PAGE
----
Some Paddock Park Residents Seek To Keep Horses On Their Properties

The Wellington Municipal Complex.

By Chris Levy

Some residents of Paddock Park Phase I seeking to be allowed to keep horses on their properties addressed their wishes to the Wellington Village Council on Tuesday, Aug. 14.

Marysue Jacobs, who owns a residential property on Haymarket Court, is leading the charge for those residents of Paddock Park I in favor of allowing horses to be kept in the neighborhood. She began her 15-minute presentation by providing 131 comment cards from neighbors she claimed were in support of her cause, which represents just under 50 percent of the area’s properties.

Jacobs was calling for a change in code to allow residents of Paddock Park I to keep horses on their property. She suggested placing Paddock Park I within the existing Equestrian Overlay Zoning District (EOZD) and Equestrian Preserve Area (EPA). She further suggested limiting the development to two horses per acre, versus the four horses per acre the village permits within other areas designated for horses.

“I think it’s one of the nicest neighborhoods in Wellington. It’s one of the oldest neighborhoods in Wellington, and for many, many years, even before Wellington was Wellington, it was one of the first areas where there were horses in Wellington,” Jacob said. “We back up to the horse trails.”

Jacobs feels that allowing horses in Paddock Park I will be a benefit for the neighborhood.

“It’s one of the few places in Wellington that’s really family oriented and has a lot of year-round residents,” Jacobs continued. “I’ve been here 30 years. Originally, most all the horse people were in Paddock Park I. That’s why it’s called Paddock Park I. The streets are named after horses.”

Jacobs, who works in real estate, pointed out that homes in Paddock Park I are far more affordable than those in the current equestrian preserve.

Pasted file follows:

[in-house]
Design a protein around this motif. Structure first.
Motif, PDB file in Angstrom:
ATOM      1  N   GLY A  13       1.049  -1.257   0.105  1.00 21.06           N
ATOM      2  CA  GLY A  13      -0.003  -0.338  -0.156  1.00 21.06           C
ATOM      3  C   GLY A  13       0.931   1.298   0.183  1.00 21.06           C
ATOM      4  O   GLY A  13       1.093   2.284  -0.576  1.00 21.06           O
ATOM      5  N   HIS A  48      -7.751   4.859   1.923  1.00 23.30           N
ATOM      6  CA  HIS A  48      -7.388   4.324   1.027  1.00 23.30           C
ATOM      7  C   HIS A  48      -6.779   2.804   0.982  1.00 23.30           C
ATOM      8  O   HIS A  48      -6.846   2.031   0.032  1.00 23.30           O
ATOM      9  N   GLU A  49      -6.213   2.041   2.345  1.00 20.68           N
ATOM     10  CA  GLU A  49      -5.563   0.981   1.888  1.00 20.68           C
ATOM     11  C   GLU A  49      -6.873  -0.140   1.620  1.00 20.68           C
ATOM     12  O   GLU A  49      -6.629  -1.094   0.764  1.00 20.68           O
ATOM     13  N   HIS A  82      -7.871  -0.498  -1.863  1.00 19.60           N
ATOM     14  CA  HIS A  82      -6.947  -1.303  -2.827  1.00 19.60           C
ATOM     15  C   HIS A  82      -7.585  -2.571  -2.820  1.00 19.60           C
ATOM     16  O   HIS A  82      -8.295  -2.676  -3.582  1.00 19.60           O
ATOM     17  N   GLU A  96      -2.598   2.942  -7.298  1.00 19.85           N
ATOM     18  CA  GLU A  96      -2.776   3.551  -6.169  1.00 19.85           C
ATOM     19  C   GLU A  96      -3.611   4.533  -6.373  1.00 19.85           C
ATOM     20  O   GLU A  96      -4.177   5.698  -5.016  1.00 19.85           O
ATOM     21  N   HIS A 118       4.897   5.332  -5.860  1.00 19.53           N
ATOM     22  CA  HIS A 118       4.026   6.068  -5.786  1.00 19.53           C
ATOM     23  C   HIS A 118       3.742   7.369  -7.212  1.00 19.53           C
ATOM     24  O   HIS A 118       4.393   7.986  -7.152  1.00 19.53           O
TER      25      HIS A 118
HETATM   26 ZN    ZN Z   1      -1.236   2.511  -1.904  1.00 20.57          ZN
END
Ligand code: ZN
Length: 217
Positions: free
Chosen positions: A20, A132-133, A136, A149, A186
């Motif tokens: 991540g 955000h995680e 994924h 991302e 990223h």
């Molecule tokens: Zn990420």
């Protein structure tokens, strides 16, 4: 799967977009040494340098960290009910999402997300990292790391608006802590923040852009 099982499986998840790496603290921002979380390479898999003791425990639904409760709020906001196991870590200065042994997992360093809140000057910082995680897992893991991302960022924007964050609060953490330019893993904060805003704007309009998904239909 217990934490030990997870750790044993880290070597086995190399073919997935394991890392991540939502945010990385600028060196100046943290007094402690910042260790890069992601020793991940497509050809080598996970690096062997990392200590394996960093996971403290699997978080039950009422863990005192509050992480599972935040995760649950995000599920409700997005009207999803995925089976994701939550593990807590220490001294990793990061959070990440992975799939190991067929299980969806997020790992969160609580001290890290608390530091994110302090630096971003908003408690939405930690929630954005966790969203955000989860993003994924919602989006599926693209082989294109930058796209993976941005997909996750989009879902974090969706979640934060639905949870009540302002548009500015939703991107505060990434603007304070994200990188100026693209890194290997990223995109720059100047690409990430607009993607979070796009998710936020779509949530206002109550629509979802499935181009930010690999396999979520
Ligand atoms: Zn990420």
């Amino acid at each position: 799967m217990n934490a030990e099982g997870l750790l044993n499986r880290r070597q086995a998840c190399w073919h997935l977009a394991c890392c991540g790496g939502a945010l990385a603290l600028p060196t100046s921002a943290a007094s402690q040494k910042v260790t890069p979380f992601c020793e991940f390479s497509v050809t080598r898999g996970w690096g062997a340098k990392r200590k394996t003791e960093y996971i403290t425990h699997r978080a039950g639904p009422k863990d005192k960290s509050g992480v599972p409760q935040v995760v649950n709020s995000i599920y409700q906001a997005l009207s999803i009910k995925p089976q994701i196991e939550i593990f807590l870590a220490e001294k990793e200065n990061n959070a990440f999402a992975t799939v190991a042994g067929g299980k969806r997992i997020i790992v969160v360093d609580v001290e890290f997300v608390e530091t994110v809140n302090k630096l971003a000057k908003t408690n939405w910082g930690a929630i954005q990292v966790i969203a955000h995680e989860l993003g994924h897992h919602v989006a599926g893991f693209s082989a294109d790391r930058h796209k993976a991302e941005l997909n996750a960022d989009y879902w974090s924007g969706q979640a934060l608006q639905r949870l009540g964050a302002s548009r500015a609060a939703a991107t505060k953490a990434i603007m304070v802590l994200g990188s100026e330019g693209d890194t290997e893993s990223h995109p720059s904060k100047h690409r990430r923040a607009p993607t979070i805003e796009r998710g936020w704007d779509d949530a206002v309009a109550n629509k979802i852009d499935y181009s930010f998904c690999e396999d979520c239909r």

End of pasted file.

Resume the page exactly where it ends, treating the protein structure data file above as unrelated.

“Paddock Park I is one of the only neighborhoods left where normal people can afford a horse,” Jacobs said. “You can have a backyard trail horse, or your kid can have a 4-H project, or you can get a rescue horse. We’re not asking to have commercial barns. We’re not asking to have big facilities, but we all can’t afford equestrian properties anymore. They have become out of reach for any normal person in this town.”

That last sentiment was echoed by Tara Zimmerman, a five-year resident of Paddock Park I, who came out in support of Jacobs. “I have a daughter who does ride, and I would like the opportunity to, if I choose to, have horses,” she said. “I don’t want a big commercial barn. It is very expensive to have riding lessons. My daughter is at a point that we could get a horse that she could ride on her own. It would be quite a savings for me.”

Moreover, Jacobs explained that given confusion as to whether horses could be kept on the property had led to Realtors providing home buyers with misinformation, further complicating the matter. Also, many of the properties include land that cannot be developed due to a Florida Power & Light (FPL) easement, which Jacobs claims was intended for grazing. She cites the confusion and lack of buildable land as two factors that have been detrimental to property values in the community.